Does a DI Box Really Reduce Noise?

If you often use microphones or electrical instruments, you have likely used a DI box. DI stands for direct injection, and these marvelous sound processing machines can convert your fuzzy-sounding audio output into a clear, balanced, high-quality sound wave. So, does it really reduce noise?

A DI box does really reduce noise. They convert high impedance signals into low impedance signals and balance your audio output, making it easier for your amp or mixer to isolate and remove extra noise like radio waves and resistance hums. The result is a cleaner sound.

In this article, we’ll discuss how DI boxes work and why they are so great at reducing noise. We’ll touch on why you might be hearing white noise on your audio tracks, and we’ll explore how DI boxes work. 

Active DI box to reduce noise
Active DI Box from Redial Engineering

Where Does Noise Interference Come From?

Whether you are a musician, recording artist, or microphone enthusiast, you know that your audio equipment will often pick up annoying humming sounds and white noise. This sound can come from radio waves, equipment like lights, ground loops, and the resistance of your audio cables. 

Before we get into the specifics of how a DI box works, it is crucial to understand the places that your white noise might be coming from. An unbalanced cable could result in too much noise or interference. Unbalanced cables have a hot wire and a ground wire. 

Unbalanced Cables

The ground wire surrounds the hot wire, like a sleeve, and protects it from interference from radio signals, the noise produced by your cable’s resistance, and the hum from other machines. Still, in longer unbalanced wires, the ground wire can act as an antenna and pick up radio frequencies from the air. 

Unbalanced cables longer than 3 ft usually pick up some static noise from nearby radio waves, TVs, hums from lighting systems, and other noise-producing instruments often used on stage and in the recording studio. Using a mechanism like a DI box can balance an unbalanced cable and reduce the amount of noise that the cord picks up.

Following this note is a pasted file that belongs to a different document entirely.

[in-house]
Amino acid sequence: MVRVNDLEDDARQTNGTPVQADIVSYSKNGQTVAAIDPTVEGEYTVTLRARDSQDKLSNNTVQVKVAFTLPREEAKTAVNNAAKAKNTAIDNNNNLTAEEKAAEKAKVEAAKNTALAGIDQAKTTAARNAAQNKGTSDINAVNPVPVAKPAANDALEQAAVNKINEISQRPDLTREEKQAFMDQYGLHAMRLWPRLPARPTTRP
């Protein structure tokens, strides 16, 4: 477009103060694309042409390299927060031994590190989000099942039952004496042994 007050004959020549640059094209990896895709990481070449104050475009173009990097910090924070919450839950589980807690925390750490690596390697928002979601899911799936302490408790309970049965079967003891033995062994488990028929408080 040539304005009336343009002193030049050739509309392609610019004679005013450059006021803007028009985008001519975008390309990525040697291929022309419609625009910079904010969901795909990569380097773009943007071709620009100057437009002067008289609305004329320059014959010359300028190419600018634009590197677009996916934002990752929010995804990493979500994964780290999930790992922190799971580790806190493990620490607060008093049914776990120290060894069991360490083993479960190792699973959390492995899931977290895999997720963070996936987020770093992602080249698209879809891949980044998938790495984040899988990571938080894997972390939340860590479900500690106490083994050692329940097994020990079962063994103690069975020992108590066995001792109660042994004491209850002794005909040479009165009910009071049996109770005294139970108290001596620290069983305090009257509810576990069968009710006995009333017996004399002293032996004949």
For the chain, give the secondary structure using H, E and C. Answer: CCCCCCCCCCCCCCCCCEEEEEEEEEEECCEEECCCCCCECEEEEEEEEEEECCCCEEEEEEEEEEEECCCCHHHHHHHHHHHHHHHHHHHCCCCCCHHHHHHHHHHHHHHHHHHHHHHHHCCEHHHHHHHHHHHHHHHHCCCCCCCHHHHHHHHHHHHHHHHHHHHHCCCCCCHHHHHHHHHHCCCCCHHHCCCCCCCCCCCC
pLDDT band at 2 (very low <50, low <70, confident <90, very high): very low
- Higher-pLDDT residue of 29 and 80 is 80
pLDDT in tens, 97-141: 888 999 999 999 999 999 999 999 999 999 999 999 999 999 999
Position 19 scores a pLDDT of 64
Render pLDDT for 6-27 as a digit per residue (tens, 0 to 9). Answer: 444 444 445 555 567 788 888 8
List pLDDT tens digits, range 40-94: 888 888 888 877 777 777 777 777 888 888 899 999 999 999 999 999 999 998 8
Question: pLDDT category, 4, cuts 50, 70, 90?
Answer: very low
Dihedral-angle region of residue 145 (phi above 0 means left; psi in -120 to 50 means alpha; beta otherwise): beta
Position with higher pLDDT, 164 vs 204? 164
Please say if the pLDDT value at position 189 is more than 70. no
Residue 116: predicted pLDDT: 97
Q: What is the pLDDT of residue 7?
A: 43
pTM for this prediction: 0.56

Balanced cables have three wires. Inside, they have a hot wire, a cold wire, and a ground wire. When you send audio through a balanced line, two copies of your sound will run through the wires. One copy is flipped in reverse, and the other runs straight through the cable. 

This flipping isolates the frequency of your audio output from any noise picked up by the line, which removes all of the extraneous white noise, giving you a clear sound. Another cause of noise interference is a ground loop. 

Ground Loops

Ground loops sound like a deep hum that occurs when you plug one piece of equipment into another. That noise occurs because one piece of equipment has a ground wire with a different voltage than the other equipment. Most musicians have gotten used to this sound, but DI boxes can eliminate it. 

What Does a DI Box Do?

When people started using electric instruments in the 1960s, they found that the signal was fuzzy, and it often picked up on hums from other machines and radio waves. To fight against this interference, they invented the Direct Insertion box or the DI box. 

DI boxes perform a multitude of tasks. If you’re unfamiliar with them, it can be challenging to understand why DI boxes are so advantageous. Let’s go ahead and review these worthwhile features.

Balance Your Signal

Firstly, DI boxes convert an unbalanced signal to a balanced signal. Most DI boxes have a tip-and-sleeve cable input for an unbalanced cable and an XLR cable output for a balanced one. By converting your unbalanced cable input to a balanced output, your sound will automatically cancel out any white noise. 

Since DI boxes balance your sound closer to the amp or mixer, they can allow you to use unbalanced cables that are longer than 20 ft (6 m) without hearing any noise interference. That can give you plenty of room to work, so DI boxes are essential for live performances.